Transport from Narita Airport to the center

Most international flights go to Narita Airport.

The fastest and easiest way to get from Narita to Tokyo is the Narita Express. If you have a Japan Rail Pass, you use it on the Narita Express, which is very handy.

After all, a ticket usually costs 3,220 yen (about 27 euros). It’s a convenient way to get to the most important stations in Tokyo, including Tokyo Station, Shinagawa, Shinjukum, and Shibuya, in less than an hour.

The JR Sobu Line is a cheaper alternative, taking you to Tokyo Station for 1,320 yen (about 12 euros) in about 90 minutes. However, this train can get very crowded and is less comfortable than the Narita Express.

Another alternative is the Keisei Limited Express, which takes you to Nippori Station in about 75 minutes for 1,090 yen. You can change to the Yamanote Line there and continue to your destination in Tokyo.

The Keisei Skyliner also serves the same route as the Keisei Limited Express. For about 2,400 Yen (approx. 20 euros) this train runs to Nippori and Ueno Stations, where you can change trains.

Taxis are also available, but they’re really, really expensive. One journey costs 20,000 yen, which is about 170 euros.

Transport from Haneda Airport to the center

Some international flights also land at Haneda Airport. If you’re lucky enough to land there, getting to the center is much cheaper.

First you have to take the monorail to Hamamatsuchō Station. Once you’re there, you can change to the Yamanote Line, which will take you to Shinjuku and Shibuya Stations. The fare for the entire journey is only 600 to 700 Yen (approx. 5-6 euros).

A taxi from Haneda Airport costs between 5,000 and 10,000 yen (approx. 45-90 euros) depending on traffic and time of day.

Where to stay in Tokyo

Overnight accommodation in Tokyo is expensive, very expensive! Living space in the city is scarce and the size of the hotel rooms reflects this fact of life. You’ll have trouble finding anything reasonable for under 100 euros per night.

Tip: If you’re looking for a hotel in Tokyo, please read our post Where to stay in Tokyo to find out which part of Tokyo suits you best. You can find a list of all the hotels we stayed at in Japan here: Where we stayed in Japan & 7 hotel booking tips.

The famous capsule hotels or dormitories in hostels are an inexpensive alternative if you’re on a budget, but a private room with your own bathroom will definitely cost you big bucks.

We stayed at the Super Hotel Lohas Akasaka, which offers a great value for money by Tokyo standards. The location is very good and the rooms are modern and clean, but you’ll have to get really organized to fit your bags, etc. into the 10-square-meter rooms. And for 140 euros per night, we would have expected a more comfortable bed. But now we’re just nitpicking.

We also spent two nights at the InterContinental Hotel Tokyo Bay. Of course the rooms there are much larger, more stylish, the beds are much more comfortable, and the view is amazing! But the quality of the rooms and the location come at a price.

InterContinental Tokyo Bay Hotel.
Our room in the 17th floor of the InterContinental Tokyo Bay Hotel.

General tips for booking a hotel in Tokyo:

We recommend that you book your hotel in Tokyo (this also applies to all other places in Japan) as far in advance as possible, because the hotels with the best value for money get snapped up very quickly.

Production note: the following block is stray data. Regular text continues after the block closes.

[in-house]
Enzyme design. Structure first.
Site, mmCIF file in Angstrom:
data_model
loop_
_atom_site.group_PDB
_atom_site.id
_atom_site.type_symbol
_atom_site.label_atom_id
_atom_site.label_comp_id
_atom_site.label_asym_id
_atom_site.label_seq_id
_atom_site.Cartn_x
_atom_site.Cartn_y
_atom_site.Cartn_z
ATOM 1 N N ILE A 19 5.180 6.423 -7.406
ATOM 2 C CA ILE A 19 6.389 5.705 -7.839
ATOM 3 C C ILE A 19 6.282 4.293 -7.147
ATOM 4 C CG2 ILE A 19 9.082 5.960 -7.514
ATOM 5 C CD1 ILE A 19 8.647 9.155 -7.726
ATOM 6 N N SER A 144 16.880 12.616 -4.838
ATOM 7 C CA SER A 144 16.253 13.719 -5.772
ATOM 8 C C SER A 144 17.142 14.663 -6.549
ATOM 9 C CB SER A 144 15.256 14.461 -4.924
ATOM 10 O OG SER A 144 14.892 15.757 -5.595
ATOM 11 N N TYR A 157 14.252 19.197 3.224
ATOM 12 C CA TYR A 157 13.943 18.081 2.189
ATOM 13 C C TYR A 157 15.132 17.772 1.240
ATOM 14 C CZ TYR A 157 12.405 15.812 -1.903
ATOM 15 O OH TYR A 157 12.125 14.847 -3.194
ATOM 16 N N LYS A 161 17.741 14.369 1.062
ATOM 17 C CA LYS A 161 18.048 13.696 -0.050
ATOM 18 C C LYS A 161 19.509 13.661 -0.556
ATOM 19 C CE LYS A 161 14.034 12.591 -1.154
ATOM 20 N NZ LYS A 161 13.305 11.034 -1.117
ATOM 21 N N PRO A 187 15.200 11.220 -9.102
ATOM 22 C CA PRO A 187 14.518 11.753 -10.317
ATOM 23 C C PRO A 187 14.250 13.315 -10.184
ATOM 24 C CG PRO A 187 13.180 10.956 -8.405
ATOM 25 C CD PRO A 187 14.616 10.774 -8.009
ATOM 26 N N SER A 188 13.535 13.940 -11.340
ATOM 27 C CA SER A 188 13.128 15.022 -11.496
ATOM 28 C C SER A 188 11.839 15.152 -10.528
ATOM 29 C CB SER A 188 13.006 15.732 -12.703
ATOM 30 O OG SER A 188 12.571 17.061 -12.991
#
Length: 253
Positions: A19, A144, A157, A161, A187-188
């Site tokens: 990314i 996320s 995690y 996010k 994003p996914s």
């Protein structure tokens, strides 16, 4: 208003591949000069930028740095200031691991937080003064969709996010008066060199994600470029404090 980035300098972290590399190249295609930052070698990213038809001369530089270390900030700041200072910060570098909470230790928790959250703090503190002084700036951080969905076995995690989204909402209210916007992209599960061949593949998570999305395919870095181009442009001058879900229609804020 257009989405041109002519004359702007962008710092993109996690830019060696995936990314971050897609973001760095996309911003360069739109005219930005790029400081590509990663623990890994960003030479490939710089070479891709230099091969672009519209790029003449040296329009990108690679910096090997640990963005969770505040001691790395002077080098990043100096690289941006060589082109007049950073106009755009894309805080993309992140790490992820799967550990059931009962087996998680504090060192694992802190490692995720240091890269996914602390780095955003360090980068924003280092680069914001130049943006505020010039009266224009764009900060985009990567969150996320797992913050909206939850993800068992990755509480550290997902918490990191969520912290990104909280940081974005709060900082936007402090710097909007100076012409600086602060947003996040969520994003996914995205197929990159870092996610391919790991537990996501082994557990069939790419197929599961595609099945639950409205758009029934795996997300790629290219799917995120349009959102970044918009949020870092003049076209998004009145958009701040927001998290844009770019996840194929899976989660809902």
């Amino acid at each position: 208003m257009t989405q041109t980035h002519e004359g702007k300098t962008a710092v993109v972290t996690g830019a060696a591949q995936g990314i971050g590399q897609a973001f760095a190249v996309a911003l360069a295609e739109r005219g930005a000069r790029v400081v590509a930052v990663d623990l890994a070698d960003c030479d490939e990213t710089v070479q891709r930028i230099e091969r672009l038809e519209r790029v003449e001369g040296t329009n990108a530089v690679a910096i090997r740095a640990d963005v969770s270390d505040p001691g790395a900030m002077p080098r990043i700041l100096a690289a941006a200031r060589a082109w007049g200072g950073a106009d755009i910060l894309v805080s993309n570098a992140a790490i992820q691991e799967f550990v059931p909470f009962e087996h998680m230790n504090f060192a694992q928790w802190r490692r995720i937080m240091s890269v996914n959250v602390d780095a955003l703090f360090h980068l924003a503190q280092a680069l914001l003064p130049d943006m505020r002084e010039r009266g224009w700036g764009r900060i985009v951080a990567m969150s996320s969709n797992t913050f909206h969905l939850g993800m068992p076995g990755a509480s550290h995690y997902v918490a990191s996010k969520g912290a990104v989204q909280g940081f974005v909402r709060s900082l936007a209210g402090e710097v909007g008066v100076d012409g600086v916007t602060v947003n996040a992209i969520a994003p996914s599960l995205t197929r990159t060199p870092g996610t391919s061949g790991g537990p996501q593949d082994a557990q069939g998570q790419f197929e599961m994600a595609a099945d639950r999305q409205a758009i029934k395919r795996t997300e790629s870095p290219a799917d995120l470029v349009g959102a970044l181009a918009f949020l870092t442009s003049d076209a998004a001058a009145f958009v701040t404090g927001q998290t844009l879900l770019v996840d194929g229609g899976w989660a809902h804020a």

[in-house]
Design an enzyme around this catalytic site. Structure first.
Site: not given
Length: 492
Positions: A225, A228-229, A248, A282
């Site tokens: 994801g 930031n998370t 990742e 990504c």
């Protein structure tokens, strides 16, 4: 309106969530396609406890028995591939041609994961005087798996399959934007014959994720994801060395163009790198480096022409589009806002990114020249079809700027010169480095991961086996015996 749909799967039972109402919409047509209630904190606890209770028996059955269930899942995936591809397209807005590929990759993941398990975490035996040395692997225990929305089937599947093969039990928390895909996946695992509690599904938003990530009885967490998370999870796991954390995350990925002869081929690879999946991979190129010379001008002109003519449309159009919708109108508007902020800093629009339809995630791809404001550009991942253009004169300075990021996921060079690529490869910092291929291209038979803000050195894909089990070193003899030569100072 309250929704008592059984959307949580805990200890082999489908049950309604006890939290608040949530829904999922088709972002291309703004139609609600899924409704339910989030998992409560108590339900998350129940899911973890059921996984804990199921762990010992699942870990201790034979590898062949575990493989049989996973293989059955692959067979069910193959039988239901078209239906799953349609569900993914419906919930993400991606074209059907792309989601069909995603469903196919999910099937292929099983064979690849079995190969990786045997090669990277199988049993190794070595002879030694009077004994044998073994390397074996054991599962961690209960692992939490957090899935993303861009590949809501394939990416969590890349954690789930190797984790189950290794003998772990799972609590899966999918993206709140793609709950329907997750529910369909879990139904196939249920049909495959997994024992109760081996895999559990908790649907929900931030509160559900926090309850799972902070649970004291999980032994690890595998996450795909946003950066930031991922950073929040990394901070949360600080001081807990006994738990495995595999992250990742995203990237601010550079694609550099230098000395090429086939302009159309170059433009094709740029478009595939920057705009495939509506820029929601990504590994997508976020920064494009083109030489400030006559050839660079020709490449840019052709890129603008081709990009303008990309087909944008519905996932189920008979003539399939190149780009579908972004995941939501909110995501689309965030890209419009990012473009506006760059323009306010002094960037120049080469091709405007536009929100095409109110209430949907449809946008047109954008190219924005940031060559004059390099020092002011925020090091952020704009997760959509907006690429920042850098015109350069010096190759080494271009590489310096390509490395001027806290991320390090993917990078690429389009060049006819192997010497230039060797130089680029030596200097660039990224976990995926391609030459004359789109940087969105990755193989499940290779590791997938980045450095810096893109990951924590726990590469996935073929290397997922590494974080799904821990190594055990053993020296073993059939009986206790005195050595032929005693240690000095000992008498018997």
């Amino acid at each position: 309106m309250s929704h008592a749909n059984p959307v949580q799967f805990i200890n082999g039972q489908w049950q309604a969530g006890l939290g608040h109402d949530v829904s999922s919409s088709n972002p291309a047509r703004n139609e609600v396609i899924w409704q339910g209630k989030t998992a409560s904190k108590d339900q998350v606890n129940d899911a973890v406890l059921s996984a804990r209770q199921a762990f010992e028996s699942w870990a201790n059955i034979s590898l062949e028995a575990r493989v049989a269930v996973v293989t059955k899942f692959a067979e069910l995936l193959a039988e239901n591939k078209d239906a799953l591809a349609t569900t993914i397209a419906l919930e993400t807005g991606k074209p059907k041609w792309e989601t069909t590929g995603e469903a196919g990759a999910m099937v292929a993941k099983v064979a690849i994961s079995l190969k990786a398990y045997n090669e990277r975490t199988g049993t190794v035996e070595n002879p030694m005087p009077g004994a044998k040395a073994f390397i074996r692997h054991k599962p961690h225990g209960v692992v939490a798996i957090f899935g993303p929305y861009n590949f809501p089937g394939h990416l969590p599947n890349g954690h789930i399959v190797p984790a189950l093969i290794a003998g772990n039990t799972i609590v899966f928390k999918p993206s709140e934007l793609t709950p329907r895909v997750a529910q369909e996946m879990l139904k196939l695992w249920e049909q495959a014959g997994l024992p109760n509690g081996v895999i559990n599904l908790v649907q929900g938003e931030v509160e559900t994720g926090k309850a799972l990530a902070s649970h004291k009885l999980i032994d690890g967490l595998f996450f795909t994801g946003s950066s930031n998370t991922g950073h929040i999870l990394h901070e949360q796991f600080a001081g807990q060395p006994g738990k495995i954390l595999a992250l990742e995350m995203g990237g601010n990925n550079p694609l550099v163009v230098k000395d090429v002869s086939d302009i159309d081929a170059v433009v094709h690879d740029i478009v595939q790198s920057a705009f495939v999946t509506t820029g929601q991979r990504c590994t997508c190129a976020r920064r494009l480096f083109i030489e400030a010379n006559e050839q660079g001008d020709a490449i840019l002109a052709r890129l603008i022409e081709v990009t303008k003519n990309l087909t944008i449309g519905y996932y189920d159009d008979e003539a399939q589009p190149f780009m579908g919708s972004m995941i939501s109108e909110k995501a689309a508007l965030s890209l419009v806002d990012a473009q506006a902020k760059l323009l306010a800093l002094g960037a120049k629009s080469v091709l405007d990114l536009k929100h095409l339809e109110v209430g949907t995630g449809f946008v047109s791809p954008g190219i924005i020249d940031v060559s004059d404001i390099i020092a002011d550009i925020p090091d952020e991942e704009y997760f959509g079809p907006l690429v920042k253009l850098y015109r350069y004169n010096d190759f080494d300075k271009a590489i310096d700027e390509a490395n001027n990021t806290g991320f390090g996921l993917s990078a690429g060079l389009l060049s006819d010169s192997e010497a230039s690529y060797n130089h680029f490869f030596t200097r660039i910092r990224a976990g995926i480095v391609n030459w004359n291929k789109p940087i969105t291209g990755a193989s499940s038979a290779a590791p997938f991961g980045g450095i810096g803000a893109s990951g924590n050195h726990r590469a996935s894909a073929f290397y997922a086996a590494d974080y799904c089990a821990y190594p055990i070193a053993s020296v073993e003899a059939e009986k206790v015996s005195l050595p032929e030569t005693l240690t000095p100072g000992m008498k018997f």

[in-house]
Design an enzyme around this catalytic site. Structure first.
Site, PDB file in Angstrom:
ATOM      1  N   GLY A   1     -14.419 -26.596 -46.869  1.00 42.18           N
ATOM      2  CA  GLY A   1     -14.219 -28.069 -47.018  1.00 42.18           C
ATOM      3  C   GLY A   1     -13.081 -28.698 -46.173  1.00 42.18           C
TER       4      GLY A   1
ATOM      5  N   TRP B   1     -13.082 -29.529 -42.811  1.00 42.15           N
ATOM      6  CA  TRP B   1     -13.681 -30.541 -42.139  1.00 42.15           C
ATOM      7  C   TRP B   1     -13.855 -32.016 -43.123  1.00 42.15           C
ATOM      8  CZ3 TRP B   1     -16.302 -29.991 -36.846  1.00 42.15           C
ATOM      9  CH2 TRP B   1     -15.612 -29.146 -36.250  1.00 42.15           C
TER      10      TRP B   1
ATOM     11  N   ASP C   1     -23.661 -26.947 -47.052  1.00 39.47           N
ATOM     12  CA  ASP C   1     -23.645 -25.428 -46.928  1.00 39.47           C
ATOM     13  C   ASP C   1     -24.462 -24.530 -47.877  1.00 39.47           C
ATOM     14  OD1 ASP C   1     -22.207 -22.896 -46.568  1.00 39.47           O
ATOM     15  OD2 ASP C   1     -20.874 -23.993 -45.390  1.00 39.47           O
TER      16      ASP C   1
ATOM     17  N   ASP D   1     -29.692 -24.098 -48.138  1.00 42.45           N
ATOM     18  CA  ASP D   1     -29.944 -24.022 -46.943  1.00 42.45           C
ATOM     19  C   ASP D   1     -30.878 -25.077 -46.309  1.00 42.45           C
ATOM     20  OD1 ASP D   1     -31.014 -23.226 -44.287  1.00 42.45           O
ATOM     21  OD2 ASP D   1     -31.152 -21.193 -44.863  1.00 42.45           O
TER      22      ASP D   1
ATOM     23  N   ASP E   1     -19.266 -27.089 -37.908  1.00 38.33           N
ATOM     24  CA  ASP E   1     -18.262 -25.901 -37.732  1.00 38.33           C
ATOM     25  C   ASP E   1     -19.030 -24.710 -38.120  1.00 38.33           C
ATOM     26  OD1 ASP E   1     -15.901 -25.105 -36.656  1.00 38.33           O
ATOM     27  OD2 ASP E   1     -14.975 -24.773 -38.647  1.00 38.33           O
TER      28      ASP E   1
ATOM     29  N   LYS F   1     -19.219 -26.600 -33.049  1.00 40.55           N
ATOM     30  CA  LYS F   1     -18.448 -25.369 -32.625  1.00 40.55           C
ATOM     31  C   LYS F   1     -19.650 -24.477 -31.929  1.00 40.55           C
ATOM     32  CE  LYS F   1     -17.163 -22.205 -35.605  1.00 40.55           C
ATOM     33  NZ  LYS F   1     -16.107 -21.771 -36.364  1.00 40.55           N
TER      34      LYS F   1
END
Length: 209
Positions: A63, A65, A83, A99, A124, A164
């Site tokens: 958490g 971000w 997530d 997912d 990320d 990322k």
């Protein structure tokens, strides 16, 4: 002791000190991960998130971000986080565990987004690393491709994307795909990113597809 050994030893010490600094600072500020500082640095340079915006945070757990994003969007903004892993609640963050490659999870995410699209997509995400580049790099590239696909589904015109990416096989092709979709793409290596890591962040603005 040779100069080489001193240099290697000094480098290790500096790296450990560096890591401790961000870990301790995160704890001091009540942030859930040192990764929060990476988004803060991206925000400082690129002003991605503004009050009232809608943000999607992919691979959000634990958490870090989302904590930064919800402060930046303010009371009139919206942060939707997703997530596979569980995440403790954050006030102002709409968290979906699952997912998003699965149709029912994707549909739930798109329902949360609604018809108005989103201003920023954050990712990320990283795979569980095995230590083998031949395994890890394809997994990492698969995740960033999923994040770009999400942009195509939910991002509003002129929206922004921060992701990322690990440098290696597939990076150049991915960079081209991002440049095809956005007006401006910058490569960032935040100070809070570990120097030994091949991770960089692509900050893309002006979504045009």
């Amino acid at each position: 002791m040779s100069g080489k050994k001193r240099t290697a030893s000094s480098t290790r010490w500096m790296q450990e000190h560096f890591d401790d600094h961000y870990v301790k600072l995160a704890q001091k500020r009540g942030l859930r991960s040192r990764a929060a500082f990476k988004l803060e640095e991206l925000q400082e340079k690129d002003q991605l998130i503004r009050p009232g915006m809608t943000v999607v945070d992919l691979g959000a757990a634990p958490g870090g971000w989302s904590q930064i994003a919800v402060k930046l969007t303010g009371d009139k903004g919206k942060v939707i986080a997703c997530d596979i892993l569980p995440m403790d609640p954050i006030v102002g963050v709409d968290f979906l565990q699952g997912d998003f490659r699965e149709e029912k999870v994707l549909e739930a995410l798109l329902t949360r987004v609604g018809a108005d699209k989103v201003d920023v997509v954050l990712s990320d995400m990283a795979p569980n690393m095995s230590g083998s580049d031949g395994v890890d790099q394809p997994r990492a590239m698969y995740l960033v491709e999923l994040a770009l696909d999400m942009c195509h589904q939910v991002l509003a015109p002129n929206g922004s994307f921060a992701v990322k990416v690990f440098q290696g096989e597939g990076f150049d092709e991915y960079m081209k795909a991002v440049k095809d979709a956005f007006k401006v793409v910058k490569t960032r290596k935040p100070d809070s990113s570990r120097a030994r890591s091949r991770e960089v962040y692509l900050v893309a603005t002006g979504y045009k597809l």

Unless you’re an avid smoker yourself, make sure you book a non-smoking room! Japan is still a country of smokers, although that’s starting to change.

Hotels outside the center are obviously cheaper. But that means joining the working population on their daily commute to the city center and back again every morning and evening. Taking the metro is no fun in the overcrowded trains at rush hour. We were just glad that our hotel was right in the center so we only experienced a watered-down version of this.

Guided city tours of Tokyo

If you don’t want to explore Tokyo on your own, we recommend booking a local guide. Not only does this allow you to get through the city stress-free, but you’ll also receive a lot of insider tips from a local.

We’ve picked out some exciting and unusual city tours for you to book online.

Morning trip to the temples and shrines: This tour takes you to the main temples and shrines of Tokyo. With a bus and an English-speaking guide, this tour will give you a good introduction to the historical side of Tokyo.

Cycling tour through Tokyo: Discovering Tokyo by bike is a completely different experience. But it’s not that dumb an idea, because you can cover quite a lot of ground in a short time.

Private day tour through Tokyo: On this tour, you’ll have a private guide all to yourself for a whole day. This is our favorite kind of tour, as you can put together a very individual agenda and communicate with the guide much more intensively than on a group tour.

Even more travel tips for Tokyo and Japan

We hope our Tokyo travel tips have been helpful for planning your trip. Of course we always look forward to hearing from you in the comments. What attractions in Tokyo did you like the most? Do you have a great tip you’d like to share with all future visitors to Tokyo?

Also read our other posts:

Japan travel tips: Everything you need to know + 3 weeks itinerary
Where to stay in Tokyo: Where’s the best place to stay in Tokyo?
A list of our hotels in Japan & 7 hotel booking tips